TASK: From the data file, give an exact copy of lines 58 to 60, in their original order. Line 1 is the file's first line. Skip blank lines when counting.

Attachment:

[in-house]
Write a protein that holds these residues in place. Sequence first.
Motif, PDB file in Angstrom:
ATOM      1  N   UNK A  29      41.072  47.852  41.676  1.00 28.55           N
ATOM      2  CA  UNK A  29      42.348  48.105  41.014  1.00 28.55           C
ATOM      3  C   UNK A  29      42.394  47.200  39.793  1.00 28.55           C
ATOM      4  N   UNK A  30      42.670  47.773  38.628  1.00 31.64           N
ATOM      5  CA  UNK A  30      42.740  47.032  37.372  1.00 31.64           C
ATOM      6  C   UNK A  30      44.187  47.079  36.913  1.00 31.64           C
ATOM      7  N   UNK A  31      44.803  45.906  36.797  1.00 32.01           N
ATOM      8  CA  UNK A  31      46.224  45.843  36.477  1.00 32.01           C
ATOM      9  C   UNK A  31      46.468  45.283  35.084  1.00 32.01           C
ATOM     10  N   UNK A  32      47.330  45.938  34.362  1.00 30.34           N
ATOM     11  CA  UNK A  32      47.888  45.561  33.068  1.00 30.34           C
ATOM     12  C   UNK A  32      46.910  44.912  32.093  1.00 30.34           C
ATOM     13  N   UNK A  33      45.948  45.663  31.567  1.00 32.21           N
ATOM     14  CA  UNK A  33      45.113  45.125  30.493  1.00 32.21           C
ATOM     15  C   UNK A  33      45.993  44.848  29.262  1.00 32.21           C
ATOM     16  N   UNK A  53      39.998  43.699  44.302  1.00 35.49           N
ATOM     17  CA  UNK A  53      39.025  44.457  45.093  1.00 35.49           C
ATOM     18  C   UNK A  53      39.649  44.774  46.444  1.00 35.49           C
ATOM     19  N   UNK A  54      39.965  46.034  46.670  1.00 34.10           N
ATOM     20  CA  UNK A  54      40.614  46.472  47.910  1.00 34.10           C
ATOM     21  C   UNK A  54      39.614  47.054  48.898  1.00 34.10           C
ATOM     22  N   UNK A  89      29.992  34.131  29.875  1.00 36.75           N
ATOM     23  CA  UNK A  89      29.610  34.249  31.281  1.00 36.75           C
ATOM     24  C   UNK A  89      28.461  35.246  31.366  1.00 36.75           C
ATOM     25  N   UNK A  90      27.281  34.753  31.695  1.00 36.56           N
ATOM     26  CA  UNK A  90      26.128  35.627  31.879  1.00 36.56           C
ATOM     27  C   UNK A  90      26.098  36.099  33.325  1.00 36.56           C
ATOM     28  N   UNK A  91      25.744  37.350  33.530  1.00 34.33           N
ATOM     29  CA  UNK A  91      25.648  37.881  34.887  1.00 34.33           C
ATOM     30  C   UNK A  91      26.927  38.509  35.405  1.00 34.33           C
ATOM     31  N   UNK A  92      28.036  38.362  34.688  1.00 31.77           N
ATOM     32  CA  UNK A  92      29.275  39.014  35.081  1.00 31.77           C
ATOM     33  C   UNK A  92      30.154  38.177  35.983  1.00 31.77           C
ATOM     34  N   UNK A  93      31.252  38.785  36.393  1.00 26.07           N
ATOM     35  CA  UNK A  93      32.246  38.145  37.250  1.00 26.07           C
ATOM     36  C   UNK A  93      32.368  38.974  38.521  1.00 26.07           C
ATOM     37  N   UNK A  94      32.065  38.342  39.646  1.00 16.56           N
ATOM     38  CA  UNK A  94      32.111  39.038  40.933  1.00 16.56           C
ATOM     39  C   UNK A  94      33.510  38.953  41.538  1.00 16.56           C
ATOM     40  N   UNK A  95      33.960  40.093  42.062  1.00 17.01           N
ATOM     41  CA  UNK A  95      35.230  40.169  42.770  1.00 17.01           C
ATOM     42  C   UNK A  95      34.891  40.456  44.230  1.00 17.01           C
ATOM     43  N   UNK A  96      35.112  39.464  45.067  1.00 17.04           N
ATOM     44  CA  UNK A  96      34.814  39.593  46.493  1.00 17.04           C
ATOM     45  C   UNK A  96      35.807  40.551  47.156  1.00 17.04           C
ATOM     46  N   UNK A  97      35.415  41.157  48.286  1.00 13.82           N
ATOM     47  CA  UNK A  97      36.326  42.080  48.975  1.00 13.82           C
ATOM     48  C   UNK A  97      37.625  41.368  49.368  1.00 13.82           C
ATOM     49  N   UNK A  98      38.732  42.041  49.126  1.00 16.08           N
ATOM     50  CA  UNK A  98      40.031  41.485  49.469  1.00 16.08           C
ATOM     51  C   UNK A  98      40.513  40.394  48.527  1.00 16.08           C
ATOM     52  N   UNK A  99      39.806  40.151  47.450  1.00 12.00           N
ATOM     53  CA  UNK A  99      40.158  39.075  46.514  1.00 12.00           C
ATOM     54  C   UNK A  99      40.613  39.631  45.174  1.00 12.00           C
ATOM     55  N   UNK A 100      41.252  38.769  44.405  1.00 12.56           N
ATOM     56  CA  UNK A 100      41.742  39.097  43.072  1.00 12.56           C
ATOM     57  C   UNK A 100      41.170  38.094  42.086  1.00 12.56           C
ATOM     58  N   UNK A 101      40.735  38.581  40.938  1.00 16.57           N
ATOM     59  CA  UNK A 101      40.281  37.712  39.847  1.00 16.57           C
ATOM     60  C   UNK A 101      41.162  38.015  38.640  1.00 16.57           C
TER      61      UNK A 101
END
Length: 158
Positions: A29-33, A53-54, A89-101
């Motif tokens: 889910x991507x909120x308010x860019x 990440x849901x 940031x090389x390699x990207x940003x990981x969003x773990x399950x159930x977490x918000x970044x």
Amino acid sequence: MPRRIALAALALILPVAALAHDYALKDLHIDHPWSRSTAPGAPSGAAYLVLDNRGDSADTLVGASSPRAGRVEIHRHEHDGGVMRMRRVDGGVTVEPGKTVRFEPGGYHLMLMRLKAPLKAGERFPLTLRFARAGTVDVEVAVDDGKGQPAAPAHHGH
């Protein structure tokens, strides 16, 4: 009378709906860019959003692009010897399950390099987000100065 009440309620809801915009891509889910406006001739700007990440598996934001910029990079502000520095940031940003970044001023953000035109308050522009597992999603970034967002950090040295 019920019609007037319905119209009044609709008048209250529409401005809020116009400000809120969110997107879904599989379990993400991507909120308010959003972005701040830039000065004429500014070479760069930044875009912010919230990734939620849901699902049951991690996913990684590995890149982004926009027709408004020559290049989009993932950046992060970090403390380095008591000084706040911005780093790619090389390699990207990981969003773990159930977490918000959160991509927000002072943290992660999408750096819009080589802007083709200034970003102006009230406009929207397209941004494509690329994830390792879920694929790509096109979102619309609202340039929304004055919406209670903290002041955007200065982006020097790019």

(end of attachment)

ATOM     55  N   UNK A 100      41.252  38.769  44.405  1.00 12.56           N
ATOM     56  CA  UNK A 100      41.742  39.097  43.072  1.00 12.56           C
ATOM     57  C   UNK A 100      41.170  38.094  42.086  1.00 12.56           C